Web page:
Britain’s ‘trade yacht’ to be granted national security role

UK prime minister Boris Johnson’s controversial £250m “trade yacht” is to be deemed to have a “national security” role, in a move that would allow it to be built in a British shipyard without going out to international tender.

Ministers have been looking at ways to get around a World Trade Organization agreement signed by the UK last year that commits to putting civilian shipbuilding contracts out to international competition.

The agreement exempts warships, but as an unarmed vessel the yacht does not qualify. Its principal purpose is to act as a floating venue for trade fairs and diplomatic receptions.

The Ministry of Defence said it had identified a carve out for the “national flagship” from the WTO rules on national security grounds and would fit the vessel with security and communications equipment.

One official briefed on the plans said the ship, which is expected to cost between £200m and £250m, could play an intelligence gathering role, but the MoD denied that was the intention or that it would carry surveillance equipment.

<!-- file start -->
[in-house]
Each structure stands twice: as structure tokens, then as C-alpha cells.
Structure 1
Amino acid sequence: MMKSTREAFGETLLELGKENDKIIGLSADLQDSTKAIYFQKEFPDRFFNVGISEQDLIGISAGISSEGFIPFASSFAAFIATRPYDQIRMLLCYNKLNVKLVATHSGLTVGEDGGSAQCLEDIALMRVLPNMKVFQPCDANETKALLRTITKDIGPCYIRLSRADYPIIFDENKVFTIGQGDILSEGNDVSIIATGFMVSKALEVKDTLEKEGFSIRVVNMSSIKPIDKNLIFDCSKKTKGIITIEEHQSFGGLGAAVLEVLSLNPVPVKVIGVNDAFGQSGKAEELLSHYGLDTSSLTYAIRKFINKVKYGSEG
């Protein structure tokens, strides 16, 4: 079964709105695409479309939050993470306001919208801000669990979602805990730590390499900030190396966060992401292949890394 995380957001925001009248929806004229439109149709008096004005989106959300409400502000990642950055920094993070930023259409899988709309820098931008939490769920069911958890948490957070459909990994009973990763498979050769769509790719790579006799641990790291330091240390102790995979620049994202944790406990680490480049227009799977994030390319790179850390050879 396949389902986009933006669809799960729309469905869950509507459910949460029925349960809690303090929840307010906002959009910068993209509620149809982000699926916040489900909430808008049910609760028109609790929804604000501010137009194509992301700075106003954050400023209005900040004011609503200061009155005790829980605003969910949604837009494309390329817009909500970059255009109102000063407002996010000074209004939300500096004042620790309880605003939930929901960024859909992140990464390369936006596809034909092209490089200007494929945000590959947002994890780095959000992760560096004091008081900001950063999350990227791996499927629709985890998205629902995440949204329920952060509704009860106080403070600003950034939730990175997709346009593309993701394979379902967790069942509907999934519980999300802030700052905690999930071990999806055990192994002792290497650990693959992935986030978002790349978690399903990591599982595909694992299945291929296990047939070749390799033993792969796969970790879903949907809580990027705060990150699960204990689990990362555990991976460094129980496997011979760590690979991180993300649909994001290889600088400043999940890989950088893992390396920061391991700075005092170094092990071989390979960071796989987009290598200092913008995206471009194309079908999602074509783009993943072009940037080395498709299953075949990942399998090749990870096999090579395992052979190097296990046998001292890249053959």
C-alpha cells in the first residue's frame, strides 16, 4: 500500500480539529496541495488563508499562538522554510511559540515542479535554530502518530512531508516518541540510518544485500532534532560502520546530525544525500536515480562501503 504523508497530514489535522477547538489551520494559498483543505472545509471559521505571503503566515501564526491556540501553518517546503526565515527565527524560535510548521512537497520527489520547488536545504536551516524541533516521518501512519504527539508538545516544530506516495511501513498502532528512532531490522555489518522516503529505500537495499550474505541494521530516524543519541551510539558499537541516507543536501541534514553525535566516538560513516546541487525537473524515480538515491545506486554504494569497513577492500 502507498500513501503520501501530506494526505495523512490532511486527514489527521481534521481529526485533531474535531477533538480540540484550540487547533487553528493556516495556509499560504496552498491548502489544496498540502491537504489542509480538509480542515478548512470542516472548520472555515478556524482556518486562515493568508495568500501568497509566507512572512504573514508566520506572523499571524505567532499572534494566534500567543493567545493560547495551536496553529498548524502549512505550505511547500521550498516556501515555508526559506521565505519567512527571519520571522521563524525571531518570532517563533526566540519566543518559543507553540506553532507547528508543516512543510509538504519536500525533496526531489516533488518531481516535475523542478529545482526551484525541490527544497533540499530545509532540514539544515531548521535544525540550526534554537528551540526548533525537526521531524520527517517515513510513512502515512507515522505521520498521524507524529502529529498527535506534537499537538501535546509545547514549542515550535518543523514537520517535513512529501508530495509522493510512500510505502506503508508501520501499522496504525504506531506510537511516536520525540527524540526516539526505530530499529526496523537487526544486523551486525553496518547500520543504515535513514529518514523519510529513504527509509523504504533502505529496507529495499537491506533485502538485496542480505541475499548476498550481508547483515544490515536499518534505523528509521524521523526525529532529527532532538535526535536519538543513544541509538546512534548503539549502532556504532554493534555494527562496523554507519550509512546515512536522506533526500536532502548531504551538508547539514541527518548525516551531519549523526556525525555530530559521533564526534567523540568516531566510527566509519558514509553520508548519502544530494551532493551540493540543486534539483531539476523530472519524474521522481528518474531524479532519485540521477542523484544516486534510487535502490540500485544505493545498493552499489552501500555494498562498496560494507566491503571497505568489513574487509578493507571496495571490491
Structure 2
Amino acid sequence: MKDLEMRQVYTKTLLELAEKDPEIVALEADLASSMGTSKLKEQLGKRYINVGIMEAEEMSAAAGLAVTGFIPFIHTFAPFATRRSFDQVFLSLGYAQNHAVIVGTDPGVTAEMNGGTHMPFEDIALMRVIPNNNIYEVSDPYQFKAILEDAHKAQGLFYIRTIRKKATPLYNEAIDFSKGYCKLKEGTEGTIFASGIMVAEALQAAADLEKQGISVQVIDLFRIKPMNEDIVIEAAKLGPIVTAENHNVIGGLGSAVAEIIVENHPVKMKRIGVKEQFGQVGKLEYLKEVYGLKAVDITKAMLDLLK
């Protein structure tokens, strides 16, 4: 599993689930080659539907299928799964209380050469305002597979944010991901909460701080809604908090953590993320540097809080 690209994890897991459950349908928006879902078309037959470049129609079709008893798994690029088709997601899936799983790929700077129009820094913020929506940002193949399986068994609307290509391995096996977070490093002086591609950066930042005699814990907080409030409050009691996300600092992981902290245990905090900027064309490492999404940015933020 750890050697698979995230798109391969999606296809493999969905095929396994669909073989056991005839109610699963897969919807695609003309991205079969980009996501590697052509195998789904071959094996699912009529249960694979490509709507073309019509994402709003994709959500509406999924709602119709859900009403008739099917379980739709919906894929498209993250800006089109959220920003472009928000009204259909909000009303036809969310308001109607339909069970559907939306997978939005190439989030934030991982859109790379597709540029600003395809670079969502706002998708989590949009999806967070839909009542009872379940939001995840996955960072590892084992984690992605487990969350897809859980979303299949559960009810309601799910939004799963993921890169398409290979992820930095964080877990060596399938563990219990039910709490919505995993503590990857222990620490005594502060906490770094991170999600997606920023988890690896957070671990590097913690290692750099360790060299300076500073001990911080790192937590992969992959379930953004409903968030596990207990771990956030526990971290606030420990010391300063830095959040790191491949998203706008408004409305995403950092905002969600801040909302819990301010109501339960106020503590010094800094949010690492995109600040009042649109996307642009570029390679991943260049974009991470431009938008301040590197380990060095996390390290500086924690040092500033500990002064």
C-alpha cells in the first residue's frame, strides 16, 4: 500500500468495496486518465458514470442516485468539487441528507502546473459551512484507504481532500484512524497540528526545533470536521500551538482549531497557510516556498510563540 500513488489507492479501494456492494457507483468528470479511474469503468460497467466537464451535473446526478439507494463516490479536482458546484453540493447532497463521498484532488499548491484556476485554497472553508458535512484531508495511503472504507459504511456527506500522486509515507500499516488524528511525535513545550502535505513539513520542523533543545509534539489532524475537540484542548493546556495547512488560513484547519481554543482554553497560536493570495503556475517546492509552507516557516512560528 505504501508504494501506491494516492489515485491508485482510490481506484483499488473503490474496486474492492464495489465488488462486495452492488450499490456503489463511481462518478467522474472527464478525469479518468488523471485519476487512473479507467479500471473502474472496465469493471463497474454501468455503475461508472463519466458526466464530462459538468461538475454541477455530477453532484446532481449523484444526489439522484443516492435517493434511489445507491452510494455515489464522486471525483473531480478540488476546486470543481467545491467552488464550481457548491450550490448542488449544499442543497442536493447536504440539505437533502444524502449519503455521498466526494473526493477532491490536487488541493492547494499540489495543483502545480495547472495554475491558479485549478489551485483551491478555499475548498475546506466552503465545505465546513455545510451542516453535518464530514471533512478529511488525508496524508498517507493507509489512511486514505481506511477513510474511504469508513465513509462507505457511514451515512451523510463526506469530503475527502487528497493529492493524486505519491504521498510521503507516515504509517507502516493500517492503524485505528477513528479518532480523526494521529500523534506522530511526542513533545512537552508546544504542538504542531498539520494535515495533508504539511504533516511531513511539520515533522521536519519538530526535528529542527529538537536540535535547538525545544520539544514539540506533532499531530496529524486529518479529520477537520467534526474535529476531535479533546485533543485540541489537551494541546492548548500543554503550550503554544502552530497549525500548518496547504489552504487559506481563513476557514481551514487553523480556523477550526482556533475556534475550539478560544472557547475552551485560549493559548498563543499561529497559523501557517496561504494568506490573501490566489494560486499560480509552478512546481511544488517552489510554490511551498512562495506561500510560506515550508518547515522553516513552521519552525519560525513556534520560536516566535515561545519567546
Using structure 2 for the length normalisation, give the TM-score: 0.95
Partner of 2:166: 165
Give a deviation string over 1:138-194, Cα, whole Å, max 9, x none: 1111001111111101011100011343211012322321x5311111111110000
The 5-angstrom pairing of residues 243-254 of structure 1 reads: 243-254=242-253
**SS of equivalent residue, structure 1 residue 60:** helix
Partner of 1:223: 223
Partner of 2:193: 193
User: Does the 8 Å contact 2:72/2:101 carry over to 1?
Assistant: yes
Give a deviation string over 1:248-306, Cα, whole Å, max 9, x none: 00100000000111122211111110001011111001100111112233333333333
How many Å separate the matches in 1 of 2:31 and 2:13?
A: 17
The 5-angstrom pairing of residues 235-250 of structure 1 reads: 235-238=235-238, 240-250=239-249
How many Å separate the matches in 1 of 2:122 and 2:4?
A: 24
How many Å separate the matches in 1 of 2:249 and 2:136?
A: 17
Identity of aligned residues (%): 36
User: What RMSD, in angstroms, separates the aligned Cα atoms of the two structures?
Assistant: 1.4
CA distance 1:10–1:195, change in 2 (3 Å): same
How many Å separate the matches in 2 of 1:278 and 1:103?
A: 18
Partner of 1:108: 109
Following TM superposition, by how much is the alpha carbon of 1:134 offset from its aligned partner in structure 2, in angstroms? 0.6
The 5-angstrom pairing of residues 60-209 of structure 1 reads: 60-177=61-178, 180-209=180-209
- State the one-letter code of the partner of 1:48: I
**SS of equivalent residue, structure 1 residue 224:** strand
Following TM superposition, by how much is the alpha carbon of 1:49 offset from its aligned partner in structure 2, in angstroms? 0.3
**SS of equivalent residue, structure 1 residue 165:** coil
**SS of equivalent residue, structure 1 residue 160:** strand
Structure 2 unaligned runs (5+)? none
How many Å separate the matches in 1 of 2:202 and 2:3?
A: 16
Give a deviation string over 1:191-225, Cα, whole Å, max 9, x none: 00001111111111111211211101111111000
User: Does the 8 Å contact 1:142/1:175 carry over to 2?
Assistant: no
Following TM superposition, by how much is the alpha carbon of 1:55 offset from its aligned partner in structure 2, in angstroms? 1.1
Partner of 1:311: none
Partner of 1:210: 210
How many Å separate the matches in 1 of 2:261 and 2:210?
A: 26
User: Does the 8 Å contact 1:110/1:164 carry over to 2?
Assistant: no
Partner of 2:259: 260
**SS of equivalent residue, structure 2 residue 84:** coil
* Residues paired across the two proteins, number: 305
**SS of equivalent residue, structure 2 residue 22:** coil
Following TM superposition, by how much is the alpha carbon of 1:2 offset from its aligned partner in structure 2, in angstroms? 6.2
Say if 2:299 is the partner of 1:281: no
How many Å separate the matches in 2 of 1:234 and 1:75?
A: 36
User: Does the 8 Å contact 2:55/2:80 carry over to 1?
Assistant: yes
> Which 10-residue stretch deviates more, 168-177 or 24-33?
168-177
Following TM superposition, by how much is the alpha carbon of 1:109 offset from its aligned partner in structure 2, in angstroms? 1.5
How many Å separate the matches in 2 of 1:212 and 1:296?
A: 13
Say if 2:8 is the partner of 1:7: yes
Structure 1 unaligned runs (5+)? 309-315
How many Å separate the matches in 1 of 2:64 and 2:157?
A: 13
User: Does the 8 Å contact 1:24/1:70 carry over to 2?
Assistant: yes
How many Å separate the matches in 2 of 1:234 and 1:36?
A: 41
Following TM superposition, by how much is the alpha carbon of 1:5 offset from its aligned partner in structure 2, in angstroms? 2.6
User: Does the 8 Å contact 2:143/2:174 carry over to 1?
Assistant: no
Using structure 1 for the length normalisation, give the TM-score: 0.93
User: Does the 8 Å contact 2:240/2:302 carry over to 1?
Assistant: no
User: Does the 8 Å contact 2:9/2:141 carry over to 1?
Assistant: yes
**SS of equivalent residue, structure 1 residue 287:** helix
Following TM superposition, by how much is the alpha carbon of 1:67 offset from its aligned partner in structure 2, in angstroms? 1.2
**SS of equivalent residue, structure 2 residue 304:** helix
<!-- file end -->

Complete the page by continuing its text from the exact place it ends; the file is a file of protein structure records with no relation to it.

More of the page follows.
“There are no plans for the national flagship to have an intelligence gathering capability,” the MoD said. Any suggestion that the vessel was a spy ship could make it unwelcome in territorial waters.

The MoD said the ship would have standard security and communications features, given that it would host high-level delegates, but refused to say they were “for security reasons”.

An international design competition for the yacht has been launched, but ministers insist it must be built in Britain. They argue it will help to achieve foreign policy and security objectives by hosting diplomatic events.

The vessel, a successor to the Royal Yacht Britannia which was retired in 1997, is intended to come into service in 2025. It is a civilian vessel but will be crewed by the Royal Navy and funded out of the defence budget.

Johnson said in May: “This new national flagship will be the first vessel of its kind in the world, reflecting the UK’s burgeoning status as a great independent, maritime trading nation.”

The yacht’s geographical limitations — it would be unable to reach inland cities including Paris, Berlin, Rome, Madrid and Moscow — have already led some to question its diplomatic value.

Emily Thornberry, shadow trade secretary, said the government was scrabbling around to find a justification for exempting the construction of the civilian vessel from international competition.

“This is only necessary because they failed to include a blanket exemption for shipbuilding when they signed us up to the WTO’s government procurement agreement. It is waste and incompetence on a staggeringly epic scale,” she said.

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